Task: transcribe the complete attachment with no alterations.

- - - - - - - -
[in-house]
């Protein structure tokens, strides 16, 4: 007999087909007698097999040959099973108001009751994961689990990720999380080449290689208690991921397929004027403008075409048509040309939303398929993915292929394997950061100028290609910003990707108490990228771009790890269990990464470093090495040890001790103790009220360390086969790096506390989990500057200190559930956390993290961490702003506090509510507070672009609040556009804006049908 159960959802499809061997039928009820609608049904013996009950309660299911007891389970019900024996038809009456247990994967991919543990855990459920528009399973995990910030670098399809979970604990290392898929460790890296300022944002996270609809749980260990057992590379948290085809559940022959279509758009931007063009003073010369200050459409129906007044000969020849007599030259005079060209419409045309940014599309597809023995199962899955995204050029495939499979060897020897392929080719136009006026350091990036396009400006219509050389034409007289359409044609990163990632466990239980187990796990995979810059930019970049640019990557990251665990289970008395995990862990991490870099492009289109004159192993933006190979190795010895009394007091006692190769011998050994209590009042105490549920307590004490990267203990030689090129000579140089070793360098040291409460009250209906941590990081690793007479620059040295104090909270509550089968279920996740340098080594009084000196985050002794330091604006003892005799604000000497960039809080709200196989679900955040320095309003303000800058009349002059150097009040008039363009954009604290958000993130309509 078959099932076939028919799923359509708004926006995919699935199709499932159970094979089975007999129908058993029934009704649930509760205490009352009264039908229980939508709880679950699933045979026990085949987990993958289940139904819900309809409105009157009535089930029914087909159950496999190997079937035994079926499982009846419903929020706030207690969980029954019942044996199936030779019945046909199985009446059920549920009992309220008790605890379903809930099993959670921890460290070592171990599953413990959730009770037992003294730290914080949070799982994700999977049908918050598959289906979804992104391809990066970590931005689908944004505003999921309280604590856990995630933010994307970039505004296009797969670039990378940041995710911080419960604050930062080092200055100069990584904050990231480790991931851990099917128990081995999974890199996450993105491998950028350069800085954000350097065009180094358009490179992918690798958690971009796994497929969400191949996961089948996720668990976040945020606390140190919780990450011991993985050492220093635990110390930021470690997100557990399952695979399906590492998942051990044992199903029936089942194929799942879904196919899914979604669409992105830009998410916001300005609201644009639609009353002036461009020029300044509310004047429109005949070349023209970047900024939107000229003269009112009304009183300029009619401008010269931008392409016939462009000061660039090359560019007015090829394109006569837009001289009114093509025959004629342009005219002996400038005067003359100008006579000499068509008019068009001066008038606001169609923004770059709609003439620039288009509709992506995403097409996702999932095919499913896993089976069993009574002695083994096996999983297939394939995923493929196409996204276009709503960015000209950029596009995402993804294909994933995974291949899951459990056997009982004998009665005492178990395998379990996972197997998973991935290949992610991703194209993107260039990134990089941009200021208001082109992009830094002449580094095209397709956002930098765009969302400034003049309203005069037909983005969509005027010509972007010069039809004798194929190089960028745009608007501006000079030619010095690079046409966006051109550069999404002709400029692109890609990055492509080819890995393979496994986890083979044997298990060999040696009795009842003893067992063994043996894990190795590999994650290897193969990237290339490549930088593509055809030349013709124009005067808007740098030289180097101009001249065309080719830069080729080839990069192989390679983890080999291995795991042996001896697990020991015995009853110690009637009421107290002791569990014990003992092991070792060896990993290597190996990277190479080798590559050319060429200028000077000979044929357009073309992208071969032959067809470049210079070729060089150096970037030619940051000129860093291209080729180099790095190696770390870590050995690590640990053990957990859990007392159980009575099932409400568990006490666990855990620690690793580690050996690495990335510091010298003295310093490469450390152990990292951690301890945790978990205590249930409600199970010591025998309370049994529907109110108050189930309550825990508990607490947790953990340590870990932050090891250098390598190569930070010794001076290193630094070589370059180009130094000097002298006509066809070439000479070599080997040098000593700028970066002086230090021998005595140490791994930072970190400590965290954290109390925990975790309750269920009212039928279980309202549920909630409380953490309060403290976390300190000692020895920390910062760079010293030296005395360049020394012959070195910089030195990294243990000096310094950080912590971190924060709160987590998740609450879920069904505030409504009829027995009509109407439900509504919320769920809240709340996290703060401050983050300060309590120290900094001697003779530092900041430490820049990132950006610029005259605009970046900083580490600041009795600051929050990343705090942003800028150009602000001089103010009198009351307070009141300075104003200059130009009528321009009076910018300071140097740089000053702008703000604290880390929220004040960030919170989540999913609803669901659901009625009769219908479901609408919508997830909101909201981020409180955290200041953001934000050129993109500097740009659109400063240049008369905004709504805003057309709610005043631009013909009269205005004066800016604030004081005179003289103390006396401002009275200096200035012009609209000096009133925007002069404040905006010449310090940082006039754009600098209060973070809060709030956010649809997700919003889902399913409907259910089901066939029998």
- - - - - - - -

[in-house]
């Protein structure tokens, strides 16, 4: 007999087909007698097999040959099973108001009751994961689990990720999380080449290689208690991921397929004027403008075409048509040309939303398929993915292929394997950061100028290609910003990707108490990228771009790890269990990464470093090495040890001790103790009220360390086969790096506390989990500057200190559930956390993290961490702003506090509510507070672009609040556009804006049908 159960959802499809061997039928009820609608049904013996009950309660299911007891389970019900024996038809009456247990994967991919543990855990459920528009399973995990910030670098399809979970604990290392898929460790890296300022944002996270609809749980260990057992590379948290085809559940022959279509758009931007063009003073010369200050459409129906007044000969020849007599030259005079060209419409045309940014599309597809023995199962899955995204050029495939499979060897020897392929080719136009006026350091990036396009400006219509050389034409007289359409044609990163990632466990239980187990796990995979810059930019970049640019990557990251665990289970008395995990862990991490870099492009289109004159192993933006190979190795010895009394007091006692190769011998050994209590009042105490549920307590004490990267203990030689090129000579140089070793360098040291409460009250209906941590990081690793007479620059040295104090909270509550089968279920996740340098080594009084000196985050002794330091604006003892005799604000000497960039809080709200196989679900955040320095309003303000800058009349002059150097009040008039363009954009604290958000993130309509 078959099932076939028919799923359509708004926006995919699935199709499932159970094979089975007999129908058993029934009704649930509760205490009352009264039908229980939508709880679950699933045979026990085949987990993958289940139904819900309809409105009157009535089930029914087909159950496999190997079937035994079926499982009846419903929020706030207690969980029954019942044996199936030779019945046909199985009446059920549920009992309220008790605890379903809930099993959670921890460290070592171990599953413990959730009770037992003294730290914080949070799982994700999977049908918050598959289906979804992104391809990066970590931005689908944004505003999921309280604590856990995630933010994307970039505004296009797969670039990378940041995710911080419960604050930062080092200055100069990584904050990231480790991931851990099917128990081995999974890199996450993105491998950028350069800085954000350097065009180094358009490179992918690798958690971009796994497929969400191949996961089948996720668990976040945020606390140190919780990450011991993985050492220093635990110390930021470690997100557990399952695979399906590492998942051990044992199903029936089942194929799942879904196919899914979604669409992105830009998410916001300005609201644009639609009353002036461009020029300044509310004047429109005949070349023209970047900024939107000229003269009112009304009183300029009619401008010269931008392409016939462009000061660039090359560019007015090829394109006569837009001289009114093509025959004629342009005219002996400038005067003359100008006579000499068509008019068009001066008038606001169609923004770059709609003439620039288009509709992506995403097409996702999932095919499913896993089976069993009574002695083994096996999983297939394939995923493929196409996204276009709503960015000209950029596009995402993804294909994933995974291949899951459990056997009982004998009665005492178990395998379990996972197997998973991935290949992610991703194209993107260039990134990089941009200021208001082109992009830094002449580094095209397709956002930098765009969302400034003049309203005069037909983005969509005027010509972007010069039809004798194929190089960028745009608007501006000079030619010095690079046409966006051109550069999404002709400029692109890609990055492509080819890995393979496994986890083979044997298990060999040696009795009842003893067992063994043996894990190795590999994650290897193969990237290339490549930088593509055809030349013709124009005067808007740098030289180097101009001249065309080719830069080729080839990069192989390679983890080999291995795991042996001896697990020991015995009853110690009637009421107290002791569990014990003992092991070792060896990993290597190996990277190479080798590559050319060429200028000077000979044929357009073309992208071969032959067809470049210079070729060089150096970037030619940051000129860093291209080729180099790095190696770390870590050995690590640990053990957990859990007392159980009575099932409400568990006490666990855990620690690793580690050996690495990335510091010298003295310093490469450390152990990292951690301890945790978990205590249930409600199970010591025998309370049994529907109110108050189930309550825990508990607490947790953990340590870990932050090891250098390598190569930070010794001076290193630094070589370059180009130094000097002298006509066809070439000479070599080997040098000593700028970066002086230090021998005595140490791994930072970190400590965290954290109390925990975790309750269920009212039928279980309202549920909630409380953490309060403290976390300190000692020895920390910062760079010293030296005395360049020394012959070195910089030195990294243990000096310094950080912590971190924060709160987590998740609450879920069904505030409504009829027995009509109407439900509504919320769920809240709340996290703060401050983050300060309590120290900094001697003779530092900041430490820049990132950006610029005259605009970046900083580490600041009795600051929050990343705090942003800028150009602000001089103010009198009351307070009141300075104003200059130009009528321009009076910018300071140097740089000053702008703000604290880390929220004040960030919170989540999913609803669901659901009625009769219908479901609408919508997830909101909201981020409180955290200041953001934000050129993109500097740009659109400063240049008369905004709504805003057309709610005043631009013909009269205005004066800016604030004081005179003289103390006396401002009275200096200035012009609209000096009133925007002069404040905006010449310090940082006039754009600098209060973070809060709030956010649809997700919003889902399913409907259910089901066939029998």